How to read it: When Snow the Pasture Sheets

Published 19 December 2016

It’s looking rather balmy in London just now, so we’re seeking out our own white Christmas in the RA collection, with Joseph Farquharson’s snowy Scottish landscape. Did you know the sheep are fake?

  • What are we looking at?

    Joseph Farquharson RA grew up between Edinburgh and Finzean in Scotland – becoming Laird of Finzean in 1918 – which is the landscape you can see in this painting, along with many of his other famed wintery scenes. Farquharson’s work was commercially very successful – but his penchant for repeating scenes of sheep in snowy landscapes earned him the nickname “Frozen Mutton Farquharson”.

    How did he paint it?

    Farquharson painted en plein-air – outside – and even built a mobile horse-drawn caravan with a stove and window to make working in the harsh winter climate more comfortable. In contrast to this direct approach to capturing the landscape, however, he also deliberately composed the view, placing model sheep in the countryside – an approach more like that of still-life painting. In When Snow the Pasture Sheets, the sheep are used as a compositional device that balances the line of the trees.

  • Joseph Farquharson RA, When Snow the Pasture Sheets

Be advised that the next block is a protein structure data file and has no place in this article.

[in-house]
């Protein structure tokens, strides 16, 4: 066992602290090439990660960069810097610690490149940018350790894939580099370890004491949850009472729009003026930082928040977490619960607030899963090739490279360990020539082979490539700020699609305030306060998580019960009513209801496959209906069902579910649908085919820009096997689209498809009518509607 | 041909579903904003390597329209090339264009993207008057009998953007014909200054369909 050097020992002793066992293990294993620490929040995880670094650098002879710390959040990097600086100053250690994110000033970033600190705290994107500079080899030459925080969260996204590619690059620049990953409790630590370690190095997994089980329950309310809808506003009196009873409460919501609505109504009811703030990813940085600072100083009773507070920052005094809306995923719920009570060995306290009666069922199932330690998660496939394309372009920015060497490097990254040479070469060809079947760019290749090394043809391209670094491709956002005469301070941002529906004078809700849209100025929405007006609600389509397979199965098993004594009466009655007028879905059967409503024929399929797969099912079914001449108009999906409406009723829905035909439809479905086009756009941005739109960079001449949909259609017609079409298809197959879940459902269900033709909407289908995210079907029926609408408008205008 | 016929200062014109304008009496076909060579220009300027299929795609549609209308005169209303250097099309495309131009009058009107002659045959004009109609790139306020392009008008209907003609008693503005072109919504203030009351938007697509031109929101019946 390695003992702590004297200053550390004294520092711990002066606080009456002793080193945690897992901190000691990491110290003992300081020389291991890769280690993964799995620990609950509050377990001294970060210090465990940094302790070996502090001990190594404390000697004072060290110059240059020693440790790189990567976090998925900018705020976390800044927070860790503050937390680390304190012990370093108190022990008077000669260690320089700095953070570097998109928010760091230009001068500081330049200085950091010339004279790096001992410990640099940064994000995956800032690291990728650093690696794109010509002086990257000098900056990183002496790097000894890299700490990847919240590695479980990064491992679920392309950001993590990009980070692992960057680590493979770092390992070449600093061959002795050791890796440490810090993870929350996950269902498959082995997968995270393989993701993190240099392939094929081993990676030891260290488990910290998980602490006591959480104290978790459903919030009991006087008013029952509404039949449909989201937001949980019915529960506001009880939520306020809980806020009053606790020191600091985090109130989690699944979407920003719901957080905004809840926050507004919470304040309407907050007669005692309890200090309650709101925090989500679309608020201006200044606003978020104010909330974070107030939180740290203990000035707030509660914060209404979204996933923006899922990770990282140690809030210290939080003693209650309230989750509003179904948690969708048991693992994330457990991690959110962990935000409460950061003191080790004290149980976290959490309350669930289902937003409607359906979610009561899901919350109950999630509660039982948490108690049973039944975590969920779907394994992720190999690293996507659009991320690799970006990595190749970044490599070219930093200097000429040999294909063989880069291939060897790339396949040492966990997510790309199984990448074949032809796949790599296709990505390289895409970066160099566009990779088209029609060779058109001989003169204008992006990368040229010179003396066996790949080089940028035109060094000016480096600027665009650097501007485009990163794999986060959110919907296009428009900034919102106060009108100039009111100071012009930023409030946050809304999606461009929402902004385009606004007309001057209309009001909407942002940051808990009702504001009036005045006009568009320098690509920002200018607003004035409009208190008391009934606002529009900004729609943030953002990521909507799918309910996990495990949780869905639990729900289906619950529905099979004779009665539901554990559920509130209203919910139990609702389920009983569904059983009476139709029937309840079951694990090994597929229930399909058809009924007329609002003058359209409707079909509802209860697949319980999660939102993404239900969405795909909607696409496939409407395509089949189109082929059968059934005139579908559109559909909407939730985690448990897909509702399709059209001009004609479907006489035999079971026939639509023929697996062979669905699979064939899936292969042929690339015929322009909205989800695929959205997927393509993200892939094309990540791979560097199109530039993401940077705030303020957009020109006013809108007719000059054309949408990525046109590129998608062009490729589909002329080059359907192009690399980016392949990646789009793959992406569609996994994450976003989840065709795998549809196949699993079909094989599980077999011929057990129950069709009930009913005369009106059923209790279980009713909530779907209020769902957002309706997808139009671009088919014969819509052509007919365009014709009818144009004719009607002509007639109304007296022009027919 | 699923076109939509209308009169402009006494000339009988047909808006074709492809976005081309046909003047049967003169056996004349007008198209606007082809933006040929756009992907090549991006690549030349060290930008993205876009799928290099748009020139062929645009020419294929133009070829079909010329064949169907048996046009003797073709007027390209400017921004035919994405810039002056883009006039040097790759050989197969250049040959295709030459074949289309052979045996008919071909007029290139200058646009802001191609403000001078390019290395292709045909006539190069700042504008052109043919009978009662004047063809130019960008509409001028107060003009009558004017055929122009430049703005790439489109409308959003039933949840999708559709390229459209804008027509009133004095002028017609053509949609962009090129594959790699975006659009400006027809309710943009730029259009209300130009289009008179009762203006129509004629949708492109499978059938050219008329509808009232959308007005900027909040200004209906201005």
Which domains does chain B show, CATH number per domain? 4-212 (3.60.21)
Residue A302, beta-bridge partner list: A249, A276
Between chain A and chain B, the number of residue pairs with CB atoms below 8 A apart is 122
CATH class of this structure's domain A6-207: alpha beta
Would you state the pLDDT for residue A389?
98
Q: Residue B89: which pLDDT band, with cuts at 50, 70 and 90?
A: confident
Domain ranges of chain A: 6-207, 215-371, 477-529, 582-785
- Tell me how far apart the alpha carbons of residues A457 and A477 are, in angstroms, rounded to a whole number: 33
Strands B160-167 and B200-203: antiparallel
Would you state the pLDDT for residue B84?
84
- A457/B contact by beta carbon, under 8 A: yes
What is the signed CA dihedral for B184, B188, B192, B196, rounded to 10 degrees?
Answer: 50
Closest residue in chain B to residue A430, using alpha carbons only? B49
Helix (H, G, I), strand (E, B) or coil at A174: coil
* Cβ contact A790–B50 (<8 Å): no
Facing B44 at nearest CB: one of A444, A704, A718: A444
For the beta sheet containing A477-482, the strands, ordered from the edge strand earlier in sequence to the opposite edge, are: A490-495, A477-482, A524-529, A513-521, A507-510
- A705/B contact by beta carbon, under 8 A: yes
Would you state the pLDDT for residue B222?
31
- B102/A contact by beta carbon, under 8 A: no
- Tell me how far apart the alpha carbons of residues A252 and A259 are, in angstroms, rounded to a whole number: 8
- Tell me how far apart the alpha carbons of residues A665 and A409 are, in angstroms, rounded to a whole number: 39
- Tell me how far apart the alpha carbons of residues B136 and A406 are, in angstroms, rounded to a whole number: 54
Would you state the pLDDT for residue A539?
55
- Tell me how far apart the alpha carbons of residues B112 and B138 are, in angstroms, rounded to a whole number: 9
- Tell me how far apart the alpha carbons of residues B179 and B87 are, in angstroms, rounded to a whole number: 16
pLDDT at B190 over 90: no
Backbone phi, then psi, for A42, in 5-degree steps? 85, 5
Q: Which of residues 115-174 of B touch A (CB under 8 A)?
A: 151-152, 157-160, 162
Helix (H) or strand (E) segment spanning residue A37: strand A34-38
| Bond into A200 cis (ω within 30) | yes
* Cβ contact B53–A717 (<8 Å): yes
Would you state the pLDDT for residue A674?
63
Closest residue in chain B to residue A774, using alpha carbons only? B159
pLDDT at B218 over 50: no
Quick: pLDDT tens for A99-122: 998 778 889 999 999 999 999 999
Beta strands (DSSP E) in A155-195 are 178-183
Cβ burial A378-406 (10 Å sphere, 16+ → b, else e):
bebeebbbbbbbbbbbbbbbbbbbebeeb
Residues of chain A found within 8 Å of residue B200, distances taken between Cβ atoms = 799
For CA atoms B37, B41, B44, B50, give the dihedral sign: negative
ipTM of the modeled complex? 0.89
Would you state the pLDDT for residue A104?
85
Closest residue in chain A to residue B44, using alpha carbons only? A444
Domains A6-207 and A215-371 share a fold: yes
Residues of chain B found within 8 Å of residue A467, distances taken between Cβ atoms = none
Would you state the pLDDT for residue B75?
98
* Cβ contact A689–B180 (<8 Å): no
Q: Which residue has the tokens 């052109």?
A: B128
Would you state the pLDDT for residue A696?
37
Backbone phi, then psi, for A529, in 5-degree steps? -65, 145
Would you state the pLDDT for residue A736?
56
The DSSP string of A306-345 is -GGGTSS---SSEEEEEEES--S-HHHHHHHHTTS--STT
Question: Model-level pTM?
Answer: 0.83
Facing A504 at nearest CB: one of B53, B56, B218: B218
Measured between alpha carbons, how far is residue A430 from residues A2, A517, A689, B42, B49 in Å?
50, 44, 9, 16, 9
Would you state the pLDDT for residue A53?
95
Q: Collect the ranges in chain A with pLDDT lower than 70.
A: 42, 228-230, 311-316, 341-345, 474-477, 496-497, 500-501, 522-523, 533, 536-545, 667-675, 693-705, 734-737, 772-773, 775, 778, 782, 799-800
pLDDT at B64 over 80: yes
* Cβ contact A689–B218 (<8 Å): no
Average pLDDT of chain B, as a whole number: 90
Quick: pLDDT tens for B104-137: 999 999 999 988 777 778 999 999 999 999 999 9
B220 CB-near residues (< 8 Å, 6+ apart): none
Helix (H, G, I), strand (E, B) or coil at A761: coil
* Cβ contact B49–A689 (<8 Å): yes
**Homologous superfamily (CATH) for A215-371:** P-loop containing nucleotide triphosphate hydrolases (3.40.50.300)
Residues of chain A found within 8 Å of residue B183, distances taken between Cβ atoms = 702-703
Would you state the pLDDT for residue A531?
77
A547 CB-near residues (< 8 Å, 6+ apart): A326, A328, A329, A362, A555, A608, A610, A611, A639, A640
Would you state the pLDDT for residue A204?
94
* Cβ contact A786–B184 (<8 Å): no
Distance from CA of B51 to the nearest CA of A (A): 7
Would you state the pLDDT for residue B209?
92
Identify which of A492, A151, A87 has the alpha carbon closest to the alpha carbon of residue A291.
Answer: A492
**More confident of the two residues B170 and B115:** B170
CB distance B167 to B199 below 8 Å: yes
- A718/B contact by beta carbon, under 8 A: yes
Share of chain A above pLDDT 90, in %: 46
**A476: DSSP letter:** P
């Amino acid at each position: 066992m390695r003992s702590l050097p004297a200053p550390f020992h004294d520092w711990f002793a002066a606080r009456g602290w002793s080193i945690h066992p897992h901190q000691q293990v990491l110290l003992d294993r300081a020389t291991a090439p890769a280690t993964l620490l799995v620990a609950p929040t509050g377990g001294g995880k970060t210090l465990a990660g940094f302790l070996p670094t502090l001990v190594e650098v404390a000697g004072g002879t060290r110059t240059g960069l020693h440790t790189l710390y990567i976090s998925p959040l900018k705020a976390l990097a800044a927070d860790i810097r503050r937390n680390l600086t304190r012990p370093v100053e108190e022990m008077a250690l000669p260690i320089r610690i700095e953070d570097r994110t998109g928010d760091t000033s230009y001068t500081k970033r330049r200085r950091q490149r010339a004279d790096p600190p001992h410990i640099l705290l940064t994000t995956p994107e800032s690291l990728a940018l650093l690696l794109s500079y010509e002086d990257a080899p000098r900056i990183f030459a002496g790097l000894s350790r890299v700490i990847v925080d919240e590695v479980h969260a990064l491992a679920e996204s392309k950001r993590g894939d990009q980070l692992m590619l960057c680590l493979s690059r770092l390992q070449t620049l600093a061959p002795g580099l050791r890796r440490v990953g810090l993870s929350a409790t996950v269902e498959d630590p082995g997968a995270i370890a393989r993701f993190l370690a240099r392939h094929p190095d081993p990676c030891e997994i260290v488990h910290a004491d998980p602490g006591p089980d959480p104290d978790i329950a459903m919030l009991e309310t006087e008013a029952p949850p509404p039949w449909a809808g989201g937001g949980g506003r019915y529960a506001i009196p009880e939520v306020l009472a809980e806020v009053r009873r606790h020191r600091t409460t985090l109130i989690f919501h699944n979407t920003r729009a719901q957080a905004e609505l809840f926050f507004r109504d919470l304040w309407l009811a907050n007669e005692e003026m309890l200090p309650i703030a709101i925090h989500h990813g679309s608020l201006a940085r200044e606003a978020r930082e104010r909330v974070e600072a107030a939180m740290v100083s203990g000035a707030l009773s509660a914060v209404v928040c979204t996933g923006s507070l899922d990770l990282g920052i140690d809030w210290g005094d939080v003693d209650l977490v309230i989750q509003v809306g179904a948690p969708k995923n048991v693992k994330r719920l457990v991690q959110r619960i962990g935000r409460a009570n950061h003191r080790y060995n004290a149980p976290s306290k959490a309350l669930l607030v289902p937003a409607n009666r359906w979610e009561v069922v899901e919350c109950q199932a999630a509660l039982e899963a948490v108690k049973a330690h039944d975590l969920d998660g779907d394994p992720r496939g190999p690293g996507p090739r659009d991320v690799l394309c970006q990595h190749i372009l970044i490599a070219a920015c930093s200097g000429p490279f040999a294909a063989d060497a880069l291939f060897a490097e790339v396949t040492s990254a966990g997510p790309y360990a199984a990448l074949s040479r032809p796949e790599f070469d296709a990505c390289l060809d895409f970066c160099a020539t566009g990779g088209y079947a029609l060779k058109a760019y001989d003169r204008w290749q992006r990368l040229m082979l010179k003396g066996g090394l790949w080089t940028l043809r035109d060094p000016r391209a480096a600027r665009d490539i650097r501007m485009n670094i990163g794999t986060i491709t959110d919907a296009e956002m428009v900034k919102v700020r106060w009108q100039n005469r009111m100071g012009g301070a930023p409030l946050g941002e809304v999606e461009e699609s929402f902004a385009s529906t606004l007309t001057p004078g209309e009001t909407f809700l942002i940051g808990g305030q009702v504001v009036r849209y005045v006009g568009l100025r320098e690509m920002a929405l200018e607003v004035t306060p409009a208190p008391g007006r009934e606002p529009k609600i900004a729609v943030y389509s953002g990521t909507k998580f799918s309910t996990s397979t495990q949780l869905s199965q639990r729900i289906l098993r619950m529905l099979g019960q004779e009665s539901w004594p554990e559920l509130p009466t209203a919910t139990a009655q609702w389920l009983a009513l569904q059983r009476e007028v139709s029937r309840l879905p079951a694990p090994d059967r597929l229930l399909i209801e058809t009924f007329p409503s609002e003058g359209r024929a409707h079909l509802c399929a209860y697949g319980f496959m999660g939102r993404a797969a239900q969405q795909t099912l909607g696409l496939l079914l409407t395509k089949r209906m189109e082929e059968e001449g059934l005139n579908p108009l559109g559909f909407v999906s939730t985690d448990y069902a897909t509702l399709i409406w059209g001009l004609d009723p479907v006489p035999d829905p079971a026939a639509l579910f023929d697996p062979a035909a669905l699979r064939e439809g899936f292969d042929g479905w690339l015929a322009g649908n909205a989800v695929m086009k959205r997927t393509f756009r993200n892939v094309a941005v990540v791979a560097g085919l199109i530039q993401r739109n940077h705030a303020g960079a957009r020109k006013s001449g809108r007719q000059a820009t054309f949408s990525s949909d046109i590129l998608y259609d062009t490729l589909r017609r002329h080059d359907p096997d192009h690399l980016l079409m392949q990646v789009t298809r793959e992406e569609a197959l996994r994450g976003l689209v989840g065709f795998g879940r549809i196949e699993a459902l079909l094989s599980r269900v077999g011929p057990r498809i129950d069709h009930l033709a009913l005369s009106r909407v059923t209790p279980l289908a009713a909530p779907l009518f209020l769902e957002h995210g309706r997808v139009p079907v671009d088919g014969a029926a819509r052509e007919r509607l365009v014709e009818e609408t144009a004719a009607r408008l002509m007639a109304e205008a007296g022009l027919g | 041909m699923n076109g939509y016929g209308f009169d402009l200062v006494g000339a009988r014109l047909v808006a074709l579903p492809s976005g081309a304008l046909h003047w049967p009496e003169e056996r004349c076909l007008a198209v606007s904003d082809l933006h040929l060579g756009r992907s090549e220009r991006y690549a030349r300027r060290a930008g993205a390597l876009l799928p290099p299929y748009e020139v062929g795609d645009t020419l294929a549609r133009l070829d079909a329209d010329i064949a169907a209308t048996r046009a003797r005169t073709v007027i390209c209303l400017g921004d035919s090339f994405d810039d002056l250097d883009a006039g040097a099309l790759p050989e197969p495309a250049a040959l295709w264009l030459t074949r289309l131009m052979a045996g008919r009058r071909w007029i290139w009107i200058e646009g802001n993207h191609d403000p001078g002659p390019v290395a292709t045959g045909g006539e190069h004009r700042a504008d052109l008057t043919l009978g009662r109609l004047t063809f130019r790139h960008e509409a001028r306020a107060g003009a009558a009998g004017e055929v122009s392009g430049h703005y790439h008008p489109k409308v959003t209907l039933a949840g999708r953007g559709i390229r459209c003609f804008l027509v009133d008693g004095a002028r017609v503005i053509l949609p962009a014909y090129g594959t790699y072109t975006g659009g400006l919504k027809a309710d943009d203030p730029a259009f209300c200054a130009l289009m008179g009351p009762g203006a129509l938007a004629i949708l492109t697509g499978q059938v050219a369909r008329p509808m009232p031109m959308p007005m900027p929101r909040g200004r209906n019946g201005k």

• Where did the title come from?

    The title comes from a line in Shakespeare’s Anthony and Cleopatra: “Yea, like the stag, when snow the pasture sheets, The Barks of trees thou browsed’st”. Farquharson often adopted lines from poetry as he, and many other artists, believed that literary associations helped to elevate the status of landscape painting.

    Did he paint anything other than Scotland?

    Despite being renowned for his iconic scenes of the Scottish Highlands, international travel also inspired Farquharson’s practice. In 1874, he visited Holland where he met Jozef Israels, a member of The Hague School of painters, and was inspired to paint several domestic interiors. He also spent three or four years visiting Paris to study under Carolus-Duran in the early 1880s. Although his teacher, a society portraitist, did not teach painting en plein-air, Farquharson took the opportunity to join groups of students visiting the Forest of Fontainebleau. From 1850 to the 1890s he traveled to Egypt capturing figures in architectural settings vastly different to those of his native Scotland.

    How did it come into the collection?

    Farquharson gave this painting to the Royal Academy when he was elected a Royal Academician in 1915. When it was submitted, the Council thought the painting was unfinished (though they accepted it only a few weeks later, so it’s unlikely any major changes took place in that time). There are two streaks in the foreground which the Council may have thought to be unintentional – or perhaps they were intended to depict track marks in the snow.

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